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Deafheaven – New Bermuda

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I can understand the misgivings people have about Deafheaven. They’re a band that fills the basic criteria of “metal,” i.e. loud guitars/screamed vocals/blast beats/et al, but flies in the face of convention with their major-key modalities, Instagram-worthy aesthetic, and almost saccharine lyricism. In the past, and especially on their last album Sunbather, their sunny sensibilities made, how shall we say, quite the splash in the metal scene. To many, the band represented the apex of the “hipster beard metal” invasion, a band that placed an indie-rock image atop the musical legacies of black metal.

I was part of the mob, at first. I have an animus towards hipsters or anyone who doesn’t appreciate sincerity, and to hear those people advocating a so-called “metal” band rustled my jimmies. Naturally, I took it out on Deafheaven. I also hadn’t heard the music.

When I finally did get to listening to it, I quickly realized (as many metalheads don’t, to their detriment) that my biases had worked entirely against me. It was a warm summer day when I finally played Sunbather.. Lazy, indolent, slumped in a comfy chair with dappled sunlight beaming through warm windows, the music blended itself perfectly with my environment. The guitars immersed me, the beats were often barely perceptible above the warm fuzz, like sound carried on sunbeams. Deafheaven were melancholy but hopeful, the sound of a deep desire to love and be loved in a passionate, vibrant way. It was, to me, the next generation in the expressive heaviness of Amesoeurs, Alcest, and Ved Buens Ende.

It was with that record in mind that I approach the latest Deafheaven offering, New Bermuda. This record is not like its predecessor, in most important ways both musical and aesthetic (more on that in a bit). Here is Deafheaven attempting to be metal, and truly metal at that. Listen to “Brought to the Water,” the leading single from the record. There’s chugging there, honest-to-Satan palm muting, and rather than filling a barely-discernible drone in the background, those drums fucking pound and crush. Sure, there’s a major-key interlude in the middle, but listen to the rest of the song and you’d be forgiven for assuming you were hearing Panopticon or Vattnet Viskar.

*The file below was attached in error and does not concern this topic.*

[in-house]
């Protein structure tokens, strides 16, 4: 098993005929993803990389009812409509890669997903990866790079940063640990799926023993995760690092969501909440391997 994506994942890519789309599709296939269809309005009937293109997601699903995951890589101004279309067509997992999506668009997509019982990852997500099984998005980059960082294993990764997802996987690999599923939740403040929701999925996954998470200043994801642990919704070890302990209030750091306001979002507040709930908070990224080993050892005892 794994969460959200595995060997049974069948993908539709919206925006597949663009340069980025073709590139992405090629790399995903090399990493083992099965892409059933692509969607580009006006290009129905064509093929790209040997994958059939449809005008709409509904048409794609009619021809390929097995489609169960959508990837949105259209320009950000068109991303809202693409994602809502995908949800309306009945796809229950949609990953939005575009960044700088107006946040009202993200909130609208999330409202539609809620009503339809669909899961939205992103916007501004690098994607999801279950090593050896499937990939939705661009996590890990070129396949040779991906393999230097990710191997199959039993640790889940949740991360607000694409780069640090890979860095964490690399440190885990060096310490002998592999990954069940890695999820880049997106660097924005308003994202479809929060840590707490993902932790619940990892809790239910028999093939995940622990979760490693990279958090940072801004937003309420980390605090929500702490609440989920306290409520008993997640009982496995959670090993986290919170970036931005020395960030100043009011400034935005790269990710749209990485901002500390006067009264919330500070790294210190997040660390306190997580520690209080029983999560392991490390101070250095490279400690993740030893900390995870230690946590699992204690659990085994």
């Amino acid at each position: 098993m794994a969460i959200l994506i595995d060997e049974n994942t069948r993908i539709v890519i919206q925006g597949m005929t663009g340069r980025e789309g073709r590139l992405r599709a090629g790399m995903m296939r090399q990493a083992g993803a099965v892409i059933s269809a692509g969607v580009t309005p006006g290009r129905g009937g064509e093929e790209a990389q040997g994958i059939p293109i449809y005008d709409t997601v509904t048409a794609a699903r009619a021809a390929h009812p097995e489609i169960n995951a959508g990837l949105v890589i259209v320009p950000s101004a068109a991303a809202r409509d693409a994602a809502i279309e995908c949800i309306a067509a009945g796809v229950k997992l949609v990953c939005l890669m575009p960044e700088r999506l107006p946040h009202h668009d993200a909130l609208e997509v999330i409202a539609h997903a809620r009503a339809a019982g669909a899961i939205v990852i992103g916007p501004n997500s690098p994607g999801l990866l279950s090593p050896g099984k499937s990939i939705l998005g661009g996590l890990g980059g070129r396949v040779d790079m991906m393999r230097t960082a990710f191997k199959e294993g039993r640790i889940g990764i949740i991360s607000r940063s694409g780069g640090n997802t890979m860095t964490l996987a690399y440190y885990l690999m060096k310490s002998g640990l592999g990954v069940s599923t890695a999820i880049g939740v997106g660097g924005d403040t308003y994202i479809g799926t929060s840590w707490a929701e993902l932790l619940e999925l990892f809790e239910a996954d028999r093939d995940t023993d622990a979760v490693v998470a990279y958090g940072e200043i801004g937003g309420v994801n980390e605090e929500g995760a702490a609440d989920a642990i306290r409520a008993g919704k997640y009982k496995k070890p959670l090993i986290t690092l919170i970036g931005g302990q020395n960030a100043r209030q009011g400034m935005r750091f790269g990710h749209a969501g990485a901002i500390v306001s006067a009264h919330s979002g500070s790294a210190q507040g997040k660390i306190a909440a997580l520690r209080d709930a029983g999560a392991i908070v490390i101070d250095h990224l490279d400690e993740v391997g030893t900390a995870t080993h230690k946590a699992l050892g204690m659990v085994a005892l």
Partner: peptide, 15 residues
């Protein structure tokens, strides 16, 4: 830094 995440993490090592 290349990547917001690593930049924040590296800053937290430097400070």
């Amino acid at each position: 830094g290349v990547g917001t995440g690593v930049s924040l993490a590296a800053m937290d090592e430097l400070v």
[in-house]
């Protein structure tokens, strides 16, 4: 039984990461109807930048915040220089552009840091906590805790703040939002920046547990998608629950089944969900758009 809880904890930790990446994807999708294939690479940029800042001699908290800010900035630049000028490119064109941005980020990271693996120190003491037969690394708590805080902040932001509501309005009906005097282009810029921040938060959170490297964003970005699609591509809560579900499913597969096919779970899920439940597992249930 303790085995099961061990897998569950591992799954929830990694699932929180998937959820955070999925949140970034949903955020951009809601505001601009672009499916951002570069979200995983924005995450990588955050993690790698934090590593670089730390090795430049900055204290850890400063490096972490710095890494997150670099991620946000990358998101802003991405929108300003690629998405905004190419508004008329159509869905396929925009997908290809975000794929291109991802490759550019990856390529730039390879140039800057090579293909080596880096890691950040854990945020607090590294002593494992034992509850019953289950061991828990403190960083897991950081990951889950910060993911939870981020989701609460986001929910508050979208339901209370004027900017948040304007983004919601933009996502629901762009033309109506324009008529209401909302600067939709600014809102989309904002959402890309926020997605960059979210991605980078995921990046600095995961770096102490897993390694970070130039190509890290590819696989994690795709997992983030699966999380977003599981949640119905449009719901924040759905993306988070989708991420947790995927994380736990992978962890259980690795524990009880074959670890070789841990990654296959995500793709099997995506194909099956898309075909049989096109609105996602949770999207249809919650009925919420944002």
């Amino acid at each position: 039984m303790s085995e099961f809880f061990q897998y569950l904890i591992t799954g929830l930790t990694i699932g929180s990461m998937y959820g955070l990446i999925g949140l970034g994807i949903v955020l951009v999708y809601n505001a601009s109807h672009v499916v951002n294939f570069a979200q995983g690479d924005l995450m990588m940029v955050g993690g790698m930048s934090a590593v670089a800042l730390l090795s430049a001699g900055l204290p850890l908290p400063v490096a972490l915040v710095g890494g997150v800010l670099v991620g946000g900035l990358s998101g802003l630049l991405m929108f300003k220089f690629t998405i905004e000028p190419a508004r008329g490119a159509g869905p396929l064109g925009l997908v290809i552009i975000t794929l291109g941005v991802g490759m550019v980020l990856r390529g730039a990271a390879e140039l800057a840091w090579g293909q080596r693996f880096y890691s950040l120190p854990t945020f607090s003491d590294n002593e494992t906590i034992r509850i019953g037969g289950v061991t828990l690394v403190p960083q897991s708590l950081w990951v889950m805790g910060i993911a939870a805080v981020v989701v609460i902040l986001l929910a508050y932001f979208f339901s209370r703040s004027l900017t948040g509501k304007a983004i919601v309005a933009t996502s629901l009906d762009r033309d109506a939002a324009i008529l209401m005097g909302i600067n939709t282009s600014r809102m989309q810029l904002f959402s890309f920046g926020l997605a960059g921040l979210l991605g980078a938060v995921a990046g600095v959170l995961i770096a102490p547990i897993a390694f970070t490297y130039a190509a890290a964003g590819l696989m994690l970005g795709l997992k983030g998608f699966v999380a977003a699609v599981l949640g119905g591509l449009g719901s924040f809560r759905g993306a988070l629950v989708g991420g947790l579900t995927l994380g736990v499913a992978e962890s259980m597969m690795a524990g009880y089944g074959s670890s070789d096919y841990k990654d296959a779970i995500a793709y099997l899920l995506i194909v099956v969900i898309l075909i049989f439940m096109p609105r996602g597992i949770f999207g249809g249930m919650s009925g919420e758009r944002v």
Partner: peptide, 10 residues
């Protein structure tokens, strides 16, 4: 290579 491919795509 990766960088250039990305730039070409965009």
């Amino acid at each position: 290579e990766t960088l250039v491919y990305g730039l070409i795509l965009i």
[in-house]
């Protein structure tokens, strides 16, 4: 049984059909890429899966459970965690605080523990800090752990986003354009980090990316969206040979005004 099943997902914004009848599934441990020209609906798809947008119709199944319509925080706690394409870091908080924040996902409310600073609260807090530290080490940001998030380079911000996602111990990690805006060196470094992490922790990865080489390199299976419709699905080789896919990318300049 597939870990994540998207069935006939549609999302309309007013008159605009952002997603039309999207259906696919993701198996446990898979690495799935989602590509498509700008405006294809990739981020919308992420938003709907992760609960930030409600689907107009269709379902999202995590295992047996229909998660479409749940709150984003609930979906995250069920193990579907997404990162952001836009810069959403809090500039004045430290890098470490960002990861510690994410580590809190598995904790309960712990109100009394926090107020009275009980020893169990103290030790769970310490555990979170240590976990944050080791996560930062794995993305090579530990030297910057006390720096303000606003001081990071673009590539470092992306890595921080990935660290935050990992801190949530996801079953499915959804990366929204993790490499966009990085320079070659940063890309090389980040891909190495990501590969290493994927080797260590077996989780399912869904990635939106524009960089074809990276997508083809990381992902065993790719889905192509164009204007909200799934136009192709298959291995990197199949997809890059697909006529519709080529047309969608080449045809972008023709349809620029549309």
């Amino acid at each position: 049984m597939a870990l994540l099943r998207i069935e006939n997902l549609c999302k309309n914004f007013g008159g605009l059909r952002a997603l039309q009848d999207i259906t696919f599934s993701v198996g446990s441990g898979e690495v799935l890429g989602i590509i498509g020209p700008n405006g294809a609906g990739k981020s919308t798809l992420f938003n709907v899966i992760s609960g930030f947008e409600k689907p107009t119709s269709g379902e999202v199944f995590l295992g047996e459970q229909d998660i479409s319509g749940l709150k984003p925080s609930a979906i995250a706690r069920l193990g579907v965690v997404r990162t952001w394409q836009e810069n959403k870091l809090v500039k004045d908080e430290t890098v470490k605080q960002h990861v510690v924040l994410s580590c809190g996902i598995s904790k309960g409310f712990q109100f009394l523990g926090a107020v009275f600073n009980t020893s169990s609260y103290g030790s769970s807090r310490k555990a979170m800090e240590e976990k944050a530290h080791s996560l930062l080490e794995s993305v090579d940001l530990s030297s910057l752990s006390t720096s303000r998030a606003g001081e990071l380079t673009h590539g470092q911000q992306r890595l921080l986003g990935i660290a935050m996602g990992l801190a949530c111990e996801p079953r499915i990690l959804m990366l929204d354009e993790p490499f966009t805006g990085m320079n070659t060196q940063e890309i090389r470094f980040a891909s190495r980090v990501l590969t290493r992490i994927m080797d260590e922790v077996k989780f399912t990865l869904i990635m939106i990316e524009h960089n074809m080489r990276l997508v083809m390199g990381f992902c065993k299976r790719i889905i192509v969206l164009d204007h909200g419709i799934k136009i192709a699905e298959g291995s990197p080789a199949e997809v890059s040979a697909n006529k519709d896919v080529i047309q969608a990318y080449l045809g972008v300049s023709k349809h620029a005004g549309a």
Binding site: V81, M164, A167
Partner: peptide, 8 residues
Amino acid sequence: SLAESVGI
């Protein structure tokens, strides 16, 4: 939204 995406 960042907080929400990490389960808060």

Think of it this way: if Sunbather was “post-black metal,” New Bermuda is actually black metal. George Clarke’s screams are more feral, the guitars heavier and riffier, sacrificing the sunny cascade of Sunbather for a torrential downpour. There are actual guitar solos, real whammy-bar blazers like if Slash stopped by for a beer or ten. It’s the thunderstorm at nightfall to Sunbather’s blissful afternoon haze, or a cloudy autumn afternoon after a summer of bright evenings. Occasionally there’s an inkling of the shimmer, like on the second half of “Luna” or the final piano melody, but the production of the record keeps it from truly encapsulated.

Even when New Bermuda is beautiful, it’s a joy that’s being shot into your skull like a line of coke, not a joy that’s breathed in like a warm spring breeze. Think of it as Agalloch, but with the pseudo-Nordicism replaced by bohemian angst. Even that final piano outro is basically just major-key “Odal.”

New Bermuda is a solid, well-produced album. It also isn’t why I listen to Deafheaven. Yes, this is black metal done right, and if it were any other band, like Vattnet Viskar, I’d be singing its praises all day long. But I liked Sunbather so much because it wasn’t black metal. Black metal makes me feel either angry or wistful, but with Deafheaven I felt serenity. It wasn’t black metal because it was the mirror image of black metal, a blistering expression of desire and beauty that was the light to the usual black. New Bermuda is good, but if I’m being honest I’d kind of rather just roll out my well-worn copy of The Mantle. This new one is a “dark” record, of which I can list dozens in my record collection, as opposed to a “light” record, of which there is Sunbather and Alcest’s discography and that’s it.

I do admire Deafheaven for wanting to try something new, to try and silence those critics who refused to give them a chance because they weren’t metal enough by crafting a record that draws from Sunbather while still being firmly “metal.” It certainly beats the Liturgy approach, which is to leave promising post-black metal for straight up mediocre indie rock. But when I heard Sunbather I no longer cared that Deafheaven weren’t metal in the traditional sense: I cared that their sound was unique and that it made me feel something. New Bermuda does make me feel something, but it’s ennui, that nagging sense that something could be different or better. I don’t know about you, but I’m heading back to the “Dream House” for the time being.

—Rhys Williams

New Bermuda is out now on ANTI-. Follow Deafheaven on Facebook, on Twitter and Instagram at @deafheavenband

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